These beautiful heart beet bagels can be made for valentine's day, but imagine how great a thing it would be, to make these for someone you care about on a random day... for no specific reason. We shouldn't wait for special occasions, to cook amazing food for the people we love. Make some pink bagels today, just because!
Bagels are definitely a montreal thing. Walking by Fairmount bagel or St-Viateur, and not purchasing freshly baked goods is next to impossible.
The smell is just amazing.
When i was a teen, i didn't get to go into town often but when i did we would always stop by Fairmount bagel. The place was, and is still open 24 hours a day.
I live close to it now, and yet i never go. I enjoy making my own, they may not be fairmount quality but they are pretty damn good!
Make this for yourself or for someone you care about. Whether it be for v-day... or just because!
I've had the image of a black nigiri on my mind for some time. It's been sitting there, in my list of ideas for months. Couldn't think of what to top it off with, then a little while ago, i found out about Burmese tofu.
Yellow on black, needed to make it happen.
Burmese tofu is not really tofu, i know, that's confusing. At first, i thought it was tofu blended with turmeric. It has a yellow tint, and it's because Burmese tofu is chickpea based! The cool thing about it, is that it takes 10 minutes to make and sets 1 hour. It's a great soy-free alternative, and the texture is comparable to that of silken tofu.
I bought Chickpea flour for the first time around xmas, wasn't sure how to use it. I often purchase ingredients i don't know, and learn how to use them. I found a re-write of a chickpea tofu recipe online. The original recipe, I believe, was sourced from a book called The Burmese kitchen - recipes from the golden land by Aung Thein.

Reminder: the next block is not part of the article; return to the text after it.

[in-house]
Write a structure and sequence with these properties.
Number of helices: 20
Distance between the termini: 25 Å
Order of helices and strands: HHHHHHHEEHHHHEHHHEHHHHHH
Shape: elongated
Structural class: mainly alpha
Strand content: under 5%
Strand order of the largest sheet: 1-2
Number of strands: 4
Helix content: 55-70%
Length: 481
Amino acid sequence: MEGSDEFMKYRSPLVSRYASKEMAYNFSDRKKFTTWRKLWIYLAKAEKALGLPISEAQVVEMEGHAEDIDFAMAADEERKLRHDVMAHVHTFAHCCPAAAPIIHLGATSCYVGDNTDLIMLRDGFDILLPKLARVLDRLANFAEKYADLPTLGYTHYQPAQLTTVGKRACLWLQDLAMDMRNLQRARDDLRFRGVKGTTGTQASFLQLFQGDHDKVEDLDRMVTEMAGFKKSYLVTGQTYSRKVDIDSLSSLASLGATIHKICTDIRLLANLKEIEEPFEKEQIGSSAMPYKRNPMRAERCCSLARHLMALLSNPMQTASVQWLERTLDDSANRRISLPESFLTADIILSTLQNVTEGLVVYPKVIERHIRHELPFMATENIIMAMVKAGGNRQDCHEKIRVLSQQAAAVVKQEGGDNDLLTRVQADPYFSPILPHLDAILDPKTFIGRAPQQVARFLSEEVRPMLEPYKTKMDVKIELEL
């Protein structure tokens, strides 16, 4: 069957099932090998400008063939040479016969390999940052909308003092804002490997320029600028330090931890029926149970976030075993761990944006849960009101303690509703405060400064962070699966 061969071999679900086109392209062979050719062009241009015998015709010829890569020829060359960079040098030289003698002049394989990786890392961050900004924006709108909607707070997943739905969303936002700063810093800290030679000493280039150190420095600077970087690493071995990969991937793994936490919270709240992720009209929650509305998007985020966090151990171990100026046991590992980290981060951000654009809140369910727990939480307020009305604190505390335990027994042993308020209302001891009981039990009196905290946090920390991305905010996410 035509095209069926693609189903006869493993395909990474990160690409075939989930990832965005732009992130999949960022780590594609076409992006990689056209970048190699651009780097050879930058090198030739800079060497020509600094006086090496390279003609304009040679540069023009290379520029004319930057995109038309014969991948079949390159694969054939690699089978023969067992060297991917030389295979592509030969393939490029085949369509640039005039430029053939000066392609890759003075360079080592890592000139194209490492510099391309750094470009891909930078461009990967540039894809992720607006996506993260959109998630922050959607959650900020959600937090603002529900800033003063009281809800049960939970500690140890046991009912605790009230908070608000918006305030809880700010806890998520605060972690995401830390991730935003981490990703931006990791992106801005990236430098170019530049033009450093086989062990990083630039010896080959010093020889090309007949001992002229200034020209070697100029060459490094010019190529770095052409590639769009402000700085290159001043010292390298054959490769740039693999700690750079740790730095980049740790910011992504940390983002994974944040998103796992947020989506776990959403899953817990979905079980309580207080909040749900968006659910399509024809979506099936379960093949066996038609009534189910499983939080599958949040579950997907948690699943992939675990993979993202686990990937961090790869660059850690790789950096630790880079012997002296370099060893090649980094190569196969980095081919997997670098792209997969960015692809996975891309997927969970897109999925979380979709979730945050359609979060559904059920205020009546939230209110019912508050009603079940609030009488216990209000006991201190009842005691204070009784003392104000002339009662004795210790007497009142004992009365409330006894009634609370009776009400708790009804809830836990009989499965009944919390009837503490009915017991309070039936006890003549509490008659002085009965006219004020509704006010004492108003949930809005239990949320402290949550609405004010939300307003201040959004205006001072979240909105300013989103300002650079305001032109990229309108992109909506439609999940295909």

This recipe will use up about half of the burmese tofu, which means you'll have a whole other half to use in other meals.
I decided to make a mock eel nigiri, like the one i made a few months ago. The sauce that is served over eel kabayaki is sweet, with hints of caramel. I thought it would taste great atop of the burmese tofu.
Most japanese sauces are easy to make, and usually require around 3-4 ingredients. These almost always include soy sauce, sake, mirin, or rice vinegar. If you want to cook japanese food, having these around is a must. Hope you enjoy this mock-eel recipe!
Making brownies has been on my mind for some time, i finally settled for spicy brownies, with sweet and spicy pomegranate syrup!
It took me a LONG time to decide on a mix of ingredients/flavours; I've had recipe notes lying around on my desktop for ages now, with ingredients added, or scratched off.
I would still be in brownie rut, if it hadn't been for Devine ; his birthday was coming up, when I asked him what he wanted as a dessert he said, 'BROWNIES!'
The recipe was adapted from Joanne Gallagher's fantastic blog, Inspired taste. I'm not good enough to freestyle brownies, using her recipe as a base - for quantities especially - helped me out a lot. At least, i can get a good idea of how many wet, fat and sweet elements I need.
Spent time thinking about what i wanted it to look like, and how i wanted to present it. I didn't a chocolate topping - i've never been a fan of double-chocolate anything. I, at least, knew i wanted a fruit topping.
I wanted to make the brownies in a round cake pan, and decorate it with powdered sugar patterns, using stencils. Then, I stumbled upon a recipe online for a fish-based dish (they used a pomegranate syrup as garnish.) I'd never made syrup before, but i knew that's what i wanted as a coulis over my brownies.
I scrapped the round cake pan idea, as well as the powdered sugar. Devine's birthday brownies were going to be topped with fresh pomegranate seeds, and a pomegranate syrup coulis!
Again, something was missing...
I had some really good, spicy chocolate fleur de sel cookies at my old studio. The idea of putting chili peppers in cookies (or cake) had never ocurred to me before. I thought it was brilliant - and the chocolate and chili mix is just insane (in a good way.) Lindt makes dark chocolate with chili peppers, I guess it was inspired by those 2 things.
I put a LOT of chili pepper flakes in these, i have a higher tolerance to it but if you don't feel free to use less. The syrup has a fair amount in it too, if you're worried about the level of spicy, you can actually not put it in the brownie batter. But, be sure to infuse it in the pomegranate syrup, won't be the same without it.
These were a big success, Devine loved them! I cut them into 24 small squares, but feel free to make larger blocks. Smaller portions means you can have some longer, i like that idea.